B. Meaningful Scrutiny Is Especially Important in Cases


Where Licensing Laws Are Used to Silence Competitors
and Stifle Innovation

The potential for regulations to run afoul of the Constitution is fur-

ther heightened when professional licensing laws are applied to individ-

uals who are paid for their advice rather than their goods or labor. In

such instances, state licensing boards determine not only who can prac-

tice in a certain profession, but also the ideas that the individuals in the

profession can express. Meaningful scrutiny is especially important in

situations where, like here, a state licensing board has used economic

regulations to silence industry competitors. Indeed, several circuit courts

have already dealt with cases in which restrictive professional licensing

laws were used against individuals who speak for a living.

In Edwards v. District of Columbia, 755 F.3d 996 (D.C. Cir. 2014),

the D.C. Circuit struck down as unconstitutional a municipal law that

required for-hire tour guides to take a qualifying history exam before

24
they could be licensed to give tours. While the District’s regulation was

directed at economic activity, not necessarily speech, the court still found

that it implicated a constitutional interest. In applying intermediate

scrutiny, the Edwards court moved away from the deference that stand-

ard of review typically affords to state action.

In Cooksey v. Futrell, 721 F.3d 226 (4th Cir. 2013), a state board

ordered a blogger to stop giving advice about the low-carb “Paleo” diet

because he was not a licensed dietitian. Although the Fourth Circuit did

not reach the free-speech question itself, it nevertheless reprimanded the

district court for erring in not analyzing the blogger’s claims under a First

Amendment framework. It also dismissed the state’s argument that First

Amendment “principles do not apply here because the Act ‘is a profes-

sional regulation that does not abridge the freedom of speech protected

under the First Amendment.’” Id. at 239 (quoting Appellees’ Br. 26). The

court applied the “chilling doctrine” to find that the blogger suffered cog-

nizable injuries, both a “chilling effect” and “threat of prosecution,” that

were “caused directly by the actions of the State Board.” Id. at 238.

These cases serve as cautionary tales of what happens when restric-

tive licensing laws are used against individuals who speak for a living.

25
Courts should be vigilant in scrutinizing licensing regulations, like those

at issue here, which are used to silence competitors and stifle innovation.

That is not to say that applying meaningful scrutiny would necessarily

require the wholesale invalidation of an entire licensing scheme because

some of its applications infringe on the freedom of speech. In the First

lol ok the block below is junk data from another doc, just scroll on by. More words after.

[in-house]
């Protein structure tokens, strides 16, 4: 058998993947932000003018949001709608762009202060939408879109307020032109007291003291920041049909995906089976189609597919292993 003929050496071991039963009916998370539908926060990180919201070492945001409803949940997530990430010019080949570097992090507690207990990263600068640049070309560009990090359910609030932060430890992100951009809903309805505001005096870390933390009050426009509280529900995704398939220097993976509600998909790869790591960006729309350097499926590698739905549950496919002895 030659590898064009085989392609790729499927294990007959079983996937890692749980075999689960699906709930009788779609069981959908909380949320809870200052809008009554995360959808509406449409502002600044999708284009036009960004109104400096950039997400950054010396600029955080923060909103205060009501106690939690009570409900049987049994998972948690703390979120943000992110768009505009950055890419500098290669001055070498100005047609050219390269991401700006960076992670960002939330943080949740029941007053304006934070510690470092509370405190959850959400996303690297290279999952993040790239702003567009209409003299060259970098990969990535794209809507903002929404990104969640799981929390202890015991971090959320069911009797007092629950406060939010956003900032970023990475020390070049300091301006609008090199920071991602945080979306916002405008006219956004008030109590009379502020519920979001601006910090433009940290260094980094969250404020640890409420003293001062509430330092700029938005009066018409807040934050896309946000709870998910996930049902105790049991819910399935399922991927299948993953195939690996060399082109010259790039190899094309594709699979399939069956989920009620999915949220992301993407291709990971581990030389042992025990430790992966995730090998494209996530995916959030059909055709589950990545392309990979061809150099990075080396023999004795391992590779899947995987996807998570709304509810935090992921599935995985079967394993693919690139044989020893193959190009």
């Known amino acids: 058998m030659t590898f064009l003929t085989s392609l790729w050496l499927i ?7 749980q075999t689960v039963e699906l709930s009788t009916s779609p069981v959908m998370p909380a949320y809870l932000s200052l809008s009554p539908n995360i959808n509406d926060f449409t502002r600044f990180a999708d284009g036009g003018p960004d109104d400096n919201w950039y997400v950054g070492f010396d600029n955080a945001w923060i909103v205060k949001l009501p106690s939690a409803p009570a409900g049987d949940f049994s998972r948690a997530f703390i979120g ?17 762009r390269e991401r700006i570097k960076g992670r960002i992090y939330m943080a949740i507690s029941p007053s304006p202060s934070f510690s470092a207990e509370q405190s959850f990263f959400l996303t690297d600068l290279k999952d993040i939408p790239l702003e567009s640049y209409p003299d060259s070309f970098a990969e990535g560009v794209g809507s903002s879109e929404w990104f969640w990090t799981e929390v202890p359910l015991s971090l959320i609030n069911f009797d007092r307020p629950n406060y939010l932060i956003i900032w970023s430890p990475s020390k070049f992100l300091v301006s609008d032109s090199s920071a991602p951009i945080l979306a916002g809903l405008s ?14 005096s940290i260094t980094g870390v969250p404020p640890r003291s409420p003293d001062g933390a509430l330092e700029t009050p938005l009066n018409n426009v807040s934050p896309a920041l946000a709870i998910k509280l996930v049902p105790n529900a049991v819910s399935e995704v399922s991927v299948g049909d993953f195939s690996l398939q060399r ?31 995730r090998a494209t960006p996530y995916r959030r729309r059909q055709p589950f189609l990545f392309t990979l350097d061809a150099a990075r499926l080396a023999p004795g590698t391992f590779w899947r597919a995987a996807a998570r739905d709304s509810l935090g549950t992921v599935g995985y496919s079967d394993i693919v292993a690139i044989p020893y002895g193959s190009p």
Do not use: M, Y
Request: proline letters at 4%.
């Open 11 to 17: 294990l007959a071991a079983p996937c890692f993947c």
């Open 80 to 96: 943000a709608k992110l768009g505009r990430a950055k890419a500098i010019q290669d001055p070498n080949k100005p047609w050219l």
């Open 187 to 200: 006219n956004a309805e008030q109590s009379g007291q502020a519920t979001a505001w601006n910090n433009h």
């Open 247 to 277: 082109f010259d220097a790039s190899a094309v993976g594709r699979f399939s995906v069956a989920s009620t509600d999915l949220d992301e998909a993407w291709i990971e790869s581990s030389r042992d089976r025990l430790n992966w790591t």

Amendment context, invalidation is necessary only where “a substantial

number of its applications are unconstitutional, judged in relation to the

statute’s plainly legitimate sweep.” United States v. Stevens, 559 U.S.

460, 470 (2010) (quoting Wash. State Grange v. Wash. State Republican

Party, 552 U.S. 442, 449, n. 6 (2008)). In practice, most licensing regula-

tions will not have enough applications that are triggered solely by

speech to justify wholesale invalidation. But for those that impermissibly

burden protected speech, courts should not hesitate to meaningfully scru-

tinize their application—and strike them down if necessary.

Even if this Court determines that the Mississippi licensing regu-

lations do not warrant strict or intermediate scrutiny, it should still apply

some level of meaningful scrutiny. After all, every constitutional case de-

serves meaningful judicial review. As the Supreme Court pointed out in

26
Stevens: “The First Amendment itself reflects a judgment by the Ameri-

can people that the benefits of its restrictions on the Government out-

weigh the costs. Our Constitution forecloses any attempt to revise that

judgment simply on the basis that some speech is not worth it.” Id.

CONCLUSION

For the foregoing reasons, amici urge this Court to reverse the dis-

trict court’s determination that states can restrict individuals’ use and

dissemination of public information unless they first acquire a license.

Respectfully submitted,

s/ Ilya Shapiro
Aaron R. Rice Ilya Shapiro
MISSISSIPPI JUSTICE INSTITUTE Counsel of Record
520 George St. Trevor Burrus
Jackson, MS 39202 R. Nathan Harvey
CATO INSTITUTE
James S. C. Baehr 1000 Mass. Ave., N.W.
PELICAN INSTITUTE Washington, D.C. 20001
400 Poydras St., Suite 900 (202) 842-0200
New Orleans, LA 70130 ishapiro@cato.org

May 1, 2019

27
Certificate of Filing and Service

On May 1, 2019, I filed this Brief of the Cato Institute, et al., as


Amici Curiae using the CM/ECF System, which will send a Notice of Fil-
ing to all counsel of record.

s/ Ilya Shapiro

Certificate of Compliance

1. This brief complies with the type-volume limitation of Fed. R. App. P.


32(a)(7)(B) because it contains 5,161 words, excluding the parts of the
brief exempted by Fed. R. App. P. 32(f).
2. This brief complies with the typeface requirements of Fed. R. App. P.
32(a)(5) and the type style requirements of Fed. R. App. P. 32(a)(6)
because it was prepared using Word 2016 and uses a proportionally
spaced typeface, Century Schoolbook, in 14-point type for body text
and 12-point type for footnotes.

s/ Ilya Shapiro